In Narendra Modi’s constituency Varanasi, it’s been something of an uneventful year. From promises of making it a smart, Kyoto-like city, to opening a special mini PMO, Varanasi has had many carrots dangled, and few concrete steps to solve age-old infrastructural and civic issues. A whopping 9 crores was spent on preparations for Modi’s visit this month, which was eventually cancelled (for the second time due to ‘bad weather’). A visit in the same week to the Beniyabagh Primary Health Centre exposed the wide gap between the Prime Minister’s grand plans for the city and the realities of its residents at present.
The Beniyabagh Primary Health Centre is housed in an old dilapidated building, barely 5 kilometres from the Bhartiya Janta Party’s office in the city. In the veranda, dogs were fast asleep under empty benches meant for the patients. The entire responsibility of the Centre has rested on three nurses for the past few weeks. Declared a ‘delivery centre’ meant to be equipped to cater to all needs of pregnant women, the centre was desolate in the middle of the day.
‘There used to be a Dr Rita Balani but she retired a few weeks ago. No other doctor has been appointed since,’ said Nurse Meera Yadav. Some old furniture and empty chairs were lying in the doctor’s cabin. The ward in the hospital is crammed with beds that look like they haven’t been used in months, by anyone except a few lizards, who looked quite settled there. Fading bloodstains spotted the yellowing sheets, ‘We get very few patients here. Most of them now go directly to the District Hospital,’ explained Meera. The District Hospital isn’t far but with its heavy footfall, patients can expect a long wait for treatment.
The dearth of doctors is not really distinct to Varanasi district, or Uttar Pradesh, or even India. Typically, there is 1 doctor per 1700 people in India, compared to the world average of 1.5 doctors per 1000 people. The Medical Council of India’s Vision 2015 document states that it aims to bring this ratio down to 1 doctor per 1000 people in India by 2031, but the shortage of doctors and specialists in smaller districts continues to be a problem. The fact that only 2% of the GDP is devoted to the health sector has also meant that the absence of medical personnel and facilities, especially in tertiary health care, continue to be abysmal.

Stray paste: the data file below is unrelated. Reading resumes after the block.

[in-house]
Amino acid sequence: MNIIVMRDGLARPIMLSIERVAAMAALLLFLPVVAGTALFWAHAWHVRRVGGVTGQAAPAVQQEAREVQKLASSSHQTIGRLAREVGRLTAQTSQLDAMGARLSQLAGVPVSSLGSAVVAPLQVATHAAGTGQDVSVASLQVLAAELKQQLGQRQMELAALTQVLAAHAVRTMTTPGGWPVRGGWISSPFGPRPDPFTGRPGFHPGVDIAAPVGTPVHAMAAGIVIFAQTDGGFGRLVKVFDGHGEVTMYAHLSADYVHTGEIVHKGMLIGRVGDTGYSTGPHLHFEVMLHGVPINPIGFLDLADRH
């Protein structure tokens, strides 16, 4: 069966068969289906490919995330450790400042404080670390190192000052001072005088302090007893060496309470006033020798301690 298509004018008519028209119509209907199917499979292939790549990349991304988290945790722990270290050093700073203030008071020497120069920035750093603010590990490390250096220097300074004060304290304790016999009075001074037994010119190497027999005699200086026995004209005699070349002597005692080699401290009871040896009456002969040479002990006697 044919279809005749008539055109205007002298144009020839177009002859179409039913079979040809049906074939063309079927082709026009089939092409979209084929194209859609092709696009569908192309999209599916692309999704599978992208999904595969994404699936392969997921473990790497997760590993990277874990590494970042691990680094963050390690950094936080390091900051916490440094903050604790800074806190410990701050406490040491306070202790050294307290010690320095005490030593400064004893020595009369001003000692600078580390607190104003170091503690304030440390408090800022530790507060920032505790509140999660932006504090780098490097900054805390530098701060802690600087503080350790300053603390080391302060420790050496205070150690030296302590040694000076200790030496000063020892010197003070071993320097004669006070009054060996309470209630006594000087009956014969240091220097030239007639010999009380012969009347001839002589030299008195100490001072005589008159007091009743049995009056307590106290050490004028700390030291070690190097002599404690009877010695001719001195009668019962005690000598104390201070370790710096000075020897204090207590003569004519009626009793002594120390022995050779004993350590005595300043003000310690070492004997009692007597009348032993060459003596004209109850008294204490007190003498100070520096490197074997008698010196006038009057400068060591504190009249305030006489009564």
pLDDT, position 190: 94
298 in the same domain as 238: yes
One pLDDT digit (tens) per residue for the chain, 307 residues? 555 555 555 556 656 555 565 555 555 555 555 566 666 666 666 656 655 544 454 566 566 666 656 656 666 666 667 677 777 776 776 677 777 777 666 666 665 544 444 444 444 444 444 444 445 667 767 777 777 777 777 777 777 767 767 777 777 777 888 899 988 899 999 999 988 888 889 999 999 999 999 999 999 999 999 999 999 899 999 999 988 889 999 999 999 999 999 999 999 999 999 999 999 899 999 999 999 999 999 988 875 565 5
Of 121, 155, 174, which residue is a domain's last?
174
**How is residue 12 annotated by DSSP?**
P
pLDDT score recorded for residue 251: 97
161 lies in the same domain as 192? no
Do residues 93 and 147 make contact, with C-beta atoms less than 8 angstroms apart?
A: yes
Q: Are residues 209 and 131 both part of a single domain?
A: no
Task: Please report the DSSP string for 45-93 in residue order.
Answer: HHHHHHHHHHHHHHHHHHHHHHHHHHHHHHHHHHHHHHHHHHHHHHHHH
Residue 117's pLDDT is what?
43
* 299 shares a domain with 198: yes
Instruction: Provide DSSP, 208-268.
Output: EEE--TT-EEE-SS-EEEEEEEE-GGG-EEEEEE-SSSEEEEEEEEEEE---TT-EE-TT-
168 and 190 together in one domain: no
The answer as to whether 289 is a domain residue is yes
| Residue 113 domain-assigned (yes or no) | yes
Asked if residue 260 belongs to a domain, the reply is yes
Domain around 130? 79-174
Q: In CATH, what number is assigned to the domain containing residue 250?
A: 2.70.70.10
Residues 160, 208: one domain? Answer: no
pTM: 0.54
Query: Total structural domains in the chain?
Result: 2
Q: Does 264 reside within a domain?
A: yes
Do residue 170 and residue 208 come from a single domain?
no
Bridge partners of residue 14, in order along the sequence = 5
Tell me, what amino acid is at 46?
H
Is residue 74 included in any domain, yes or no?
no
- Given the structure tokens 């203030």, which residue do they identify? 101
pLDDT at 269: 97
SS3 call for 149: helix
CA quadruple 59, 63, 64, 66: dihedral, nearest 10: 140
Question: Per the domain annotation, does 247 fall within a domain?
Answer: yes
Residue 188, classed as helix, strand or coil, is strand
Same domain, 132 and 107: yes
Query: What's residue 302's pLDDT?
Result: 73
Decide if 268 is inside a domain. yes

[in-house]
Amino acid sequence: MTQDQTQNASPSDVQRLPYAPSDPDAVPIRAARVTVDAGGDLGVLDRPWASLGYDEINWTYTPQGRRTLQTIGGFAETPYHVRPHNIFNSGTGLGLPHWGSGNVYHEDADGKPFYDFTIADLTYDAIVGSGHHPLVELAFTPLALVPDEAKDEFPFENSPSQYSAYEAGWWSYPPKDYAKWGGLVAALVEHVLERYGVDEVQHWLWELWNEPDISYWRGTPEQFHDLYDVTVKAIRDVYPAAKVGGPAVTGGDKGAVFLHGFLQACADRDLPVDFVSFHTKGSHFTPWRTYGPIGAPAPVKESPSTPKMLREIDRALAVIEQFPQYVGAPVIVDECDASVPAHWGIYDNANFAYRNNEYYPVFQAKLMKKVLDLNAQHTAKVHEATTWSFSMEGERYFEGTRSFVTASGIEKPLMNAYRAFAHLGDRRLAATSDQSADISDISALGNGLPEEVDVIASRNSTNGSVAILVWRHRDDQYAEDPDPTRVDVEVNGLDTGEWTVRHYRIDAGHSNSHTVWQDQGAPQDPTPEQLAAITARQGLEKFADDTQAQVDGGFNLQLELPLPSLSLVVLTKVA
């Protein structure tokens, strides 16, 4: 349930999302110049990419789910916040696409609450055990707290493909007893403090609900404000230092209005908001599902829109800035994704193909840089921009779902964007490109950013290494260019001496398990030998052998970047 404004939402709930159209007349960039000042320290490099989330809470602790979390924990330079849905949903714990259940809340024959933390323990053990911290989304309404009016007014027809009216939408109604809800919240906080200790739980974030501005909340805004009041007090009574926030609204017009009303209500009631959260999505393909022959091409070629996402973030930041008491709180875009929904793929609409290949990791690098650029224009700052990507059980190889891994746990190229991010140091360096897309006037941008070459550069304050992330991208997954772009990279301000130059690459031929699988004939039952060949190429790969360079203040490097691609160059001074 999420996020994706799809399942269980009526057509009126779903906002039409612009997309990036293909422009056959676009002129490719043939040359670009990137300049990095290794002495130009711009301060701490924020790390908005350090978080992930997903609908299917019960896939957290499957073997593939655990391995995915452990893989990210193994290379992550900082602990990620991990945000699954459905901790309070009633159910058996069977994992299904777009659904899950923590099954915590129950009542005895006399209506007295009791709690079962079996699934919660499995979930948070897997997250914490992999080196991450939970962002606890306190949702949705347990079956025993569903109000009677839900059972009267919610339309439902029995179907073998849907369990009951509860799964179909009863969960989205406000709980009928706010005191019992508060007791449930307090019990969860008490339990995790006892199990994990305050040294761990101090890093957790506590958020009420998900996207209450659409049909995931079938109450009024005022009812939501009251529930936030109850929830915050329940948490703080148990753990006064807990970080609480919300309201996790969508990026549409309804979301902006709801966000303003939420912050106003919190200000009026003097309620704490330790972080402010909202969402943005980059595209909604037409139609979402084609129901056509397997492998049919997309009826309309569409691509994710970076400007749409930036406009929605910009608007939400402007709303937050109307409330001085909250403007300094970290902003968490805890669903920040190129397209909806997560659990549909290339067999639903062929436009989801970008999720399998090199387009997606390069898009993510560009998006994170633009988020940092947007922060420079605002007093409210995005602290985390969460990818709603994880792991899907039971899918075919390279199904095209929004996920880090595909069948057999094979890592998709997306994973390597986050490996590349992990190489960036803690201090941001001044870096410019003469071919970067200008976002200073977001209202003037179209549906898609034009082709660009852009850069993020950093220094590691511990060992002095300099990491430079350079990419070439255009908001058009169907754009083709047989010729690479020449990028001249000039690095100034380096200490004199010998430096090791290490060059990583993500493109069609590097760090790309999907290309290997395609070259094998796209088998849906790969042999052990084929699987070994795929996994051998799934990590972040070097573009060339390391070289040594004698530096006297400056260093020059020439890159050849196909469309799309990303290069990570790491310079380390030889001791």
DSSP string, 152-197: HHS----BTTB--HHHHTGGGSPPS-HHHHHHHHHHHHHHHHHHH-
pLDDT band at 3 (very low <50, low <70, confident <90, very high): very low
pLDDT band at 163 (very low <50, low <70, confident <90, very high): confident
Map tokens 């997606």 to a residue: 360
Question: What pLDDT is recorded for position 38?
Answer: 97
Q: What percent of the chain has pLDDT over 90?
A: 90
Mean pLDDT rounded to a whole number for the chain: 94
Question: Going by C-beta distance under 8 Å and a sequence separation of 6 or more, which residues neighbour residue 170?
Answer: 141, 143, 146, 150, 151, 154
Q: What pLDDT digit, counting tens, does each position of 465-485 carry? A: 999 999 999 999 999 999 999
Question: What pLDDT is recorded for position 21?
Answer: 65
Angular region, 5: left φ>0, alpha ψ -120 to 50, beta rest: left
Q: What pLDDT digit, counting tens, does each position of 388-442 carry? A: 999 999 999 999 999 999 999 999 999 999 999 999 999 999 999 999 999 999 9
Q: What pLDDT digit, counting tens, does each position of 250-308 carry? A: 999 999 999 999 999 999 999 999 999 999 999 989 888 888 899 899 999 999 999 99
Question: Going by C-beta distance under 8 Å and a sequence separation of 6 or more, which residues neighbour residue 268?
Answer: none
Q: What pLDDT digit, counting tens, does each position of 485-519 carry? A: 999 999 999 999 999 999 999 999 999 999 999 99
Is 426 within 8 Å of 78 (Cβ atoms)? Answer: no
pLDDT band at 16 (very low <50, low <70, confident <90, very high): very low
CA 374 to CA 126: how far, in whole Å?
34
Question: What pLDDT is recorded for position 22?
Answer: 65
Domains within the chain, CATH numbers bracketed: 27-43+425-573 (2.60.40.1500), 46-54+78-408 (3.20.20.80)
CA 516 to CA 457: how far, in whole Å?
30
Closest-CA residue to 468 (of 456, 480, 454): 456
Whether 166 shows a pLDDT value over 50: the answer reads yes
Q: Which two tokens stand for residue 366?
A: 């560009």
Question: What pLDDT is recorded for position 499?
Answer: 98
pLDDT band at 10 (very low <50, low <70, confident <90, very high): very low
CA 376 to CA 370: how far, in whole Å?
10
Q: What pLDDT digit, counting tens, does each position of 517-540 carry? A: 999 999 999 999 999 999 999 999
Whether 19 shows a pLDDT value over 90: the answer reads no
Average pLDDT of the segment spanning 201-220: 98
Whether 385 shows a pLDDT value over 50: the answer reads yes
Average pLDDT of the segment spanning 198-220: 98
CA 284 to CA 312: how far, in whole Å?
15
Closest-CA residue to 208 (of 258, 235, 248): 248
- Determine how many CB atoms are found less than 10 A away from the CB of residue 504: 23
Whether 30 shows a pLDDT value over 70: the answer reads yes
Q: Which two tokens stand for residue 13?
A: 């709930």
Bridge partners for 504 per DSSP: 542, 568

Some distance away, there is a Health Post in Beniyabagh, for patients to get laboratory tests done and avail free medicines. The Health Post has a pharmacist and a lab assistant but no functional facilities for basic testing of blood and urine samples. ‘This is a supposed to be a health post but we don’t even have someone to come and clean the premises. The condition of the toilets is so deplorable that even the staff prefers to use toilets in the neighbouring houses,’ said Indira Chaubey, the Supervisor at the Post. ‘We have brought this to the notice of the Chief Medical Officer on a number of occasions but conditions have remained the same. We don’t even have proper facilities for water and electricity,’ she said.
The Chief Medical Officer, Dr M.P. Chaurasia said, ‘We have discussed the matter with the Municipal Commissioner for the area. In a month or so we are planning to shift the Beniyabagh Health Centre and the Post to another building where all facilities will be provided.’ Meanwhile, Varanasi prepared to welcome its MP only to be stood up yet again on 16th July, when a gardener from West Bengal died in a freak accident when he was electrocuted at the rally venue in the wee hours of the morning. The local administration came under heavy criticism for the crores that were spent on lavish preparations and security cover for the Prime Minister. Ironically, Modi is to visit the city for the inauguration of a state of the art Trauma Centre in Banaras Hindu University among other projects. There has still been no word from the Prime Minister himself on when public health will be at the forefront of what is to become India’s international city.
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